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Power and Interdependence,9780321048578
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Power and Interdependence

by ;
Edition:
3rd
ISBN13:

9780321048578

ISBN10:
0321048571
Format:
Paperback
Pub. Date:
1/1/2001
Publisher(s):
Longman
List Price: $113.40
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    Power and Interdependence




Summary

This landmark book, an original work by two of the most renowned scholars in the field, continues to offer a rich theoretical approach to understanding contemporary world politics and valid general prescriptions for policy.Power and Interdependencewas written to construct a way of looking at the world of politics that helps us understand the relationships between economics and politics, and patterns of institutionalized international cooperation, while retaining key realist insights about the roles that power and interests play in world politics. The new Third Edition has been thoroughly updated to include analyses of the effects of new technologies and growing globalism on power and interdependence in today's world.For those interested in international relations and politics.

Table of Contents

Preface to First Edition viii
Preface to Second Edition xi
Preface to Third Edition xv
Part I Understanding Interdependence 1(52)
Interdependence in World Politics
3(17)
The New Rhetoric of Interdependence
5(2)
Interdependence as an Analytic Concept
7(2)
Power and Interdependence
9(8)
International Regime Change
17(3)
Realism and Complex Interdependence
20(13)
The Characteristics of Complex Interdependence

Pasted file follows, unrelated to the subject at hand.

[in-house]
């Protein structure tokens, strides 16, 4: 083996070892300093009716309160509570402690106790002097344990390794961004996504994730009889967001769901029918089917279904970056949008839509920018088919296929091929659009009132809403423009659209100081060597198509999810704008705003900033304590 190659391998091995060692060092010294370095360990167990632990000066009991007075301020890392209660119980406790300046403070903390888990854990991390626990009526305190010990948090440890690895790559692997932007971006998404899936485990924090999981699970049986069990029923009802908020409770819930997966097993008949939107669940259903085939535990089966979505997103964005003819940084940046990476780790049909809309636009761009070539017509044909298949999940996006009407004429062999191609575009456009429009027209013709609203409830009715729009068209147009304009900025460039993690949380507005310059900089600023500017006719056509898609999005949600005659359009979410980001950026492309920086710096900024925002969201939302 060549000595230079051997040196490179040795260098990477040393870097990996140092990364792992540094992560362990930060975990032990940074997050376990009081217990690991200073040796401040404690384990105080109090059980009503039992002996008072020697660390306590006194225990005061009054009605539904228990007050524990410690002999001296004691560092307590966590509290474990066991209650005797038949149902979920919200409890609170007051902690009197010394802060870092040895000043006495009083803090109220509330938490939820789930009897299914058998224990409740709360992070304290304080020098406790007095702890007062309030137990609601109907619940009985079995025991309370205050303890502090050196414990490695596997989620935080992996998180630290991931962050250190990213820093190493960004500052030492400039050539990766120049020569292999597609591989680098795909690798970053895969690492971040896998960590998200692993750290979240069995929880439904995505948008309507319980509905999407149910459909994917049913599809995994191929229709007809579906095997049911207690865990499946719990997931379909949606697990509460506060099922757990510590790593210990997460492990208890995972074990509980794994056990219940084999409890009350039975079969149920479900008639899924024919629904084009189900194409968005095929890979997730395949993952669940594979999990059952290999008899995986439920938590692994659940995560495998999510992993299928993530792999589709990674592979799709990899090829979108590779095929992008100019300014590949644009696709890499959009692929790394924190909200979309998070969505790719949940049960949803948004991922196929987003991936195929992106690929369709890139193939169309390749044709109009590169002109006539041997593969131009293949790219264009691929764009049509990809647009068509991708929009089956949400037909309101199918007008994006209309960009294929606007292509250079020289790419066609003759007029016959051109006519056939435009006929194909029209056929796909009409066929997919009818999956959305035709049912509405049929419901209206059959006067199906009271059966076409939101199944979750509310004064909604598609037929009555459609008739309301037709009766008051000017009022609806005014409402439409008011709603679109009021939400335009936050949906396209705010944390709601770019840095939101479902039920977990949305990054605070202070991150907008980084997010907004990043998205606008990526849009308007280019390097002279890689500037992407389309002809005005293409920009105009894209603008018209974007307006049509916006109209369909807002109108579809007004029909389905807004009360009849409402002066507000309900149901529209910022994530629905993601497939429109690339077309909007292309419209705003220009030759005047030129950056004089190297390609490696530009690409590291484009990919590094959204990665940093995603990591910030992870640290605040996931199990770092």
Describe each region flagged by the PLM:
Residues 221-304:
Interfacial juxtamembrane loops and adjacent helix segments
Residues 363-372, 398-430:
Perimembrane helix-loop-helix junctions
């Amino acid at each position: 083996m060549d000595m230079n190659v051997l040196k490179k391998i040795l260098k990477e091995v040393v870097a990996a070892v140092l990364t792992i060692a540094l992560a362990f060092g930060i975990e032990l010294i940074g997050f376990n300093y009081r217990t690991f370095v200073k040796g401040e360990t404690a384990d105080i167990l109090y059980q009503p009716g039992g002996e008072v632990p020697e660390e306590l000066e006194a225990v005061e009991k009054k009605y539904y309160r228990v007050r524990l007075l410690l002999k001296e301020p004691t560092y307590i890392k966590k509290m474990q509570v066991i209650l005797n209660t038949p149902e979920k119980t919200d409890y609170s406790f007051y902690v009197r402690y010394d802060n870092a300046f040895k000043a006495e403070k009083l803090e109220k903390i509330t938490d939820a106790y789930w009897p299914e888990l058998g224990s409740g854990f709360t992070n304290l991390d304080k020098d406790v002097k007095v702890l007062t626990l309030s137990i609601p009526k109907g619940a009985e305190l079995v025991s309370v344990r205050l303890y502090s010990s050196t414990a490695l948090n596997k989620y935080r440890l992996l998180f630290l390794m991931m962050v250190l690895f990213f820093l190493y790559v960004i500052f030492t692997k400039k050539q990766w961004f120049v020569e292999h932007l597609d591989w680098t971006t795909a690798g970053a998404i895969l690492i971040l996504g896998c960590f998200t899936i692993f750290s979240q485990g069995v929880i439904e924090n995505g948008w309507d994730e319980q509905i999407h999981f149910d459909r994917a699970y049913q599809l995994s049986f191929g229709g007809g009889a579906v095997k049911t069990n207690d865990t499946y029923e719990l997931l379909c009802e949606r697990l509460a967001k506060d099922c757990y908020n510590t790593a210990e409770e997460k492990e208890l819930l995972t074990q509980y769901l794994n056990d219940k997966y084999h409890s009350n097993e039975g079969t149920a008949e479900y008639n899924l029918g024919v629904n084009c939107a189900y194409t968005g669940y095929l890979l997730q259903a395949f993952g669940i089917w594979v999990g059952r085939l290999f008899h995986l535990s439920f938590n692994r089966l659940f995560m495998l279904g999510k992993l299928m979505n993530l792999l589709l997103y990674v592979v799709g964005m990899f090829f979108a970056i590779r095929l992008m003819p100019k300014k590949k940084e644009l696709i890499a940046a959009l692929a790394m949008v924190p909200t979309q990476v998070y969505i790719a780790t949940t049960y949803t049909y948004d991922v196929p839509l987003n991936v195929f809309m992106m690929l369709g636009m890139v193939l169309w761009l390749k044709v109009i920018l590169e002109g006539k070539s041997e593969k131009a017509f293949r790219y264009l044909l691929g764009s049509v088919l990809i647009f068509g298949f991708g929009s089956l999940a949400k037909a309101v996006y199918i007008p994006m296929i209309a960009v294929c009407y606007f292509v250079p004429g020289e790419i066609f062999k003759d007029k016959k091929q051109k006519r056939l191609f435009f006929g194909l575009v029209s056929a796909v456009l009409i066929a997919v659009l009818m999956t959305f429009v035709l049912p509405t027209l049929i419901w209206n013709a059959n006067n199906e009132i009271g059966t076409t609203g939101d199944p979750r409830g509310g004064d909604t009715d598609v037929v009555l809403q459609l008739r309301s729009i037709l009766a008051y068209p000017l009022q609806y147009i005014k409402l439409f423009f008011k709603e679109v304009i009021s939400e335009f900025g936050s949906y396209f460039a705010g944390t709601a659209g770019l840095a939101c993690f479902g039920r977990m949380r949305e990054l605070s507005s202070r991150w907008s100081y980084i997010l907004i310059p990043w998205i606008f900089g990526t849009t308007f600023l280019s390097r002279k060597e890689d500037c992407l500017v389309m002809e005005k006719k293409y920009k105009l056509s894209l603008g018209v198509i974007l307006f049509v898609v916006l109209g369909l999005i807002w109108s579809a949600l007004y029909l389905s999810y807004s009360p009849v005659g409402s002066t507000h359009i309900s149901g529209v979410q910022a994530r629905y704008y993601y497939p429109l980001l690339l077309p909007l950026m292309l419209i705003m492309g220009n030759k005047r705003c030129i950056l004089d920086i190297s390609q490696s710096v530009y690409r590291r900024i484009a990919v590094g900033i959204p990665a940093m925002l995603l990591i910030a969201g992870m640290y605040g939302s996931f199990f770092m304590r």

21(4)
Multiple Channels
22(1)
Absence of Hierarchy among Issues
22(1)
Minor Role of Military Force
23(2)
The Political Processes of Complex Interdependence
25(8)
Linkage Strategies
26(1)
Agenda Setting
27(2)
Transitional and Transgovernmental Relations
29(1)
Role of International Organizations
30(3)
Explaining International Regime Change
33(20)
An Economic Process Explanation
33(3)
Overall Power Structure Explanation
36(7)
Eroding Hegemony
36(4)
Limitations of an Overall Structure Explanation
40(3)
Issue Structure
43(4)
Limitations of Structural Explanations
45(2)
An International Organization Model
47(3)
Combining Explanations
50(3)
Part II Regime Change in Oceans and Money 53(90)
The Politics of Oceans and Money: Historical Overview
55(31)
The International Monetary Issue Area
57(18)
The International Gold Standard before 1914
58(5)
International Monetary Regimes, 1920-76
63(12)
The Oceans Issue Area
75(10)
Defining the Issue Area
76(2)
The Classical Free Seas Regime
78(2)
Regime Periods, 1920-75
80(3)
The Changing Agenda of Oceans Politics
83(2)
Conclusion
85(1)
Complex Interdependence in Oceans and Money
86(26)
The Conditions of Complex Interdependence
86(11)
Role of Force
86(5)
Absence of Hierarchy among Issues
91(4)
Multiple Channels of Contract
95(2)
Money, Oceans, and Complex Interdependence
97(1)
The Political Process in Money and Oceans
97(12)
Goals of Actors
99(4)
Instruments of State Policy
103(1)
Agenda Formation
104(2)
Linkage of Issues
106(1)
Roles of International Organizations
107(2)
Conclusion
109(3)
The Politics of Rule-Making in Oceans and Money
112(31)
Economic Processes and Regime Change
112(2)
Overall Structure and Regime Change
114(6)
Erosion of the Oceans Regime
115(2)
International Monetary Regimes
117(3)
Issue Structure and Regime Change